Although the new documentary series Cosmos is a science show, it can also be seen as a creation myth. It tells how the universe was created and how people came about. This puts it in direct competition with all other creation myths, such as The Book of Genesis. Cosmos represents the creation myth of 2014. Trying to find a date for when the Book of Genesis was written is very hard. We don’t know when or who wrote it, but there is great speculation, both by scholars and the faithful. Unfortunately the faithful have come up with endless theories to when The Book of Genesis was written and by who. Some of them are very creative, but they are all self-serving, in that they are meant to validate a particular view of religion. Let’s just say The Book of Genesis was orally created thousands of years ago, before written language, before history, before science, before philosophy, before most every kind of systematic form of learning that we know today.
My point here, is we’re constantly creating stories to explain reality and our origins. Three thousand years from now, the science of Cosmos will seem quaint – maybe as quaint as The Book of Genesis seems to most educated people today. And maybe there will be a small segment of the population that clings to the ideas of Cosmos 2014 because it rationalizes some idea we treasure now but is rejected in the future.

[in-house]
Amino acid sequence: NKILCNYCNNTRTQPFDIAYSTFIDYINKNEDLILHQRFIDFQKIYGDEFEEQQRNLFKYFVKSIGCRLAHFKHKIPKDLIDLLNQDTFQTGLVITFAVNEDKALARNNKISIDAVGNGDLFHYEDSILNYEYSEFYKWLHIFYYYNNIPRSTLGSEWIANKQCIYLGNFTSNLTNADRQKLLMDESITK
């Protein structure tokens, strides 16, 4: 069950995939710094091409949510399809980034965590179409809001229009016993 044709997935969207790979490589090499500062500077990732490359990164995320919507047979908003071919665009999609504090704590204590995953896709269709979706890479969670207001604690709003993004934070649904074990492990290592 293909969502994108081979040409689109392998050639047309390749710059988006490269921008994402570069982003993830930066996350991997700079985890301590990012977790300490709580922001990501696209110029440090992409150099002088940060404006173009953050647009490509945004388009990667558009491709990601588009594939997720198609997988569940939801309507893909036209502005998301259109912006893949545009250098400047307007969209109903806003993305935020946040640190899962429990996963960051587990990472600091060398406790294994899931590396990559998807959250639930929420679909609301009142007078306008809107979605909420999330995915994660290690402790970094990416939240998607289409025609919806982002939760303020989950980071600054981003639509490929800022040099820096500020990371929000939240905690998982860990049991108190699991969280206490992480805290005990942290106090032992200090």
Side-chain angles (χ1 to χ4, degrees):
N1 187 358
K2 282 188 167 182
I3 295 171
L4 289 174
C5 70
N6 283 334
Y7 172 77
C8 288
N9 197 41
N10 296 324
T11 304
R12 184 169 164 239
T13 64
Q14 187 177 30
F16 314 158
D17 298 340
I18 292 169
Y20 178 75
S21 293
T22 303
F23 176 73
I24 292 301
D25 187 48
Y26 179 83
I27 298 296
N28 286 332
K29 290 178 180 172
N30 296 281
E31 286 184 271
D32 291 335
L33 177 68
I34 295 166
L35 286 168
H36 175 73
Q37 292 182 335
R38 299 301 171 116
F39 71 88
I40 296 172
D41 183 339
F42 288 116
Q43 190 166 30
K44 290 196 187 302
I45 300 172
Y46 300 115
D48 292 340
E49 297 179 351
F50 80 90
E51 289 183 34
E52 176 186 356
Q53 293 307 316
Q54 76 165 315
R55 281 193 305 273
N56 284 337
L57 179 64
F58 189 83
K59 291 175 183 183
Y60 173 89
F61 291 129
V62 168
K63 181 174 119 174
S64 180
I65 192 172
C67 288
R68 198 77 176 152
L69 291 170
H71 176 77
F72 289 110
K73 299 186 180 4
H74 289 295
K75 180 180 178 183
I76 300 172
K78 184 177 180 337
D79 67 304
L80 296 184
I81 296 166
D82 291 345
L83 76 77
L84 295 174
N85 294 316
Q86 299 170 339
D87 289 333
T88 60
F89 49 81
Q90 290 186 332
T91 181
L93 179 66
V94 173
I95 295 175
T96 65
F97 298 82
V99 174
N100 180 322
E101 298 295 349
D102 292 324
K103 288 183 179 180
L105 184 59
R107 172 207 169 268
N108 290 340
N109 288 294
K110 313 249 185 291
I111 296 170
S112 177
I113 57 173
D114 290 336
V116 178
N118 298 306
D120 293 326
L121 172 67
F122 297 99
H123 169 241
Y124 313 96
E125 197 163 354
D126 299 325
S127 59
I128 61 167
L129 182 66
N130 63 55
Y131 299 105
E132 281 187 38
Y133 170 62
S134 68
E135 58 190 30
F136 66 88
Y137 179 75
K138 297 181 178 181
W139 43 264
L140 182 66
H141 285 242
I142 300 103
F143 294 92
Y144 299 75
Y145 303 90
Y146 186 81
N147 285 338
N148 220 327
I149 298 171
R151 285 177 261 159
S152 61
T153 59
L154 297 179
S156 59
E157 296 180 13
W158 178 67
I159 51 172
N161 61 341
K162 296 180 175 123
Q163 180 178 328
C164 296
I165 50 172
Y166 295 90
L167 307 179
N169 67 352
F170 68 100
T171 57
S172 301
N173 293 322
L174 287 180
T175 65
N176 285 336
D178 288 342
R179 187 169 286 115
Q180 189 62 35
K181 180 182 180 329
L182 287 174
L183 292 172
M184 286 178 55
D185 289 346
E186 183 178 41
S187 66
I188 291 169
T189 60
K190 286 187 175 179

Young Earth Creationism is the idea that reality has only existed for about 6,000 years and any suggestion that anything is older is a challenge to their theory. Basically, these believers do everything possible to rationalize that The Book of Genesis is literally true, even though its full of internal inconsistencies. They believe Moses wrote the first five books of The Bible around 1445 BC, even though Moses is a character that comes generations later. They’ve even come up with an idea of how Moses could have done this, The Tablet Theory.
Cosmos is based on science, and science claims to be based on directly studying reality. Because science is logical to most people, people with opposing creation myths like the young Earth creationists, now attempted to be scientific. Sadly, their pseudo science is pathetic. Both sides will reject the myth label, and insist their story is the actual explanation of how reality works. That puts them into direct competition for the hearts and minds of citizens of the Earth.
Trying to understand how many Americans believe young Earth creationism is hard, but here is one study, “How many Americans actually believe the earth is only 6,000 years old?” Tony Ortega estimates this is around 31 million.
The new Cosmos will be seen in 170 countries in 45 languages, but how many people will accept it as the best possible current creation story is hard to calculate. Neil deGrasse Tyson is the new Moses of science, and he claims the universe is 13.8 billion years old, and instead of structuring his story around 6 days, uses an analogy of the 365 day calendar to picture how 13.8 billion years would unfold. The image is our modern world since the Renaissance would fit into the very last second of that imaginary year is just bind blowing! One year has 31,536,000 seconds, so this creation myth is quite complex.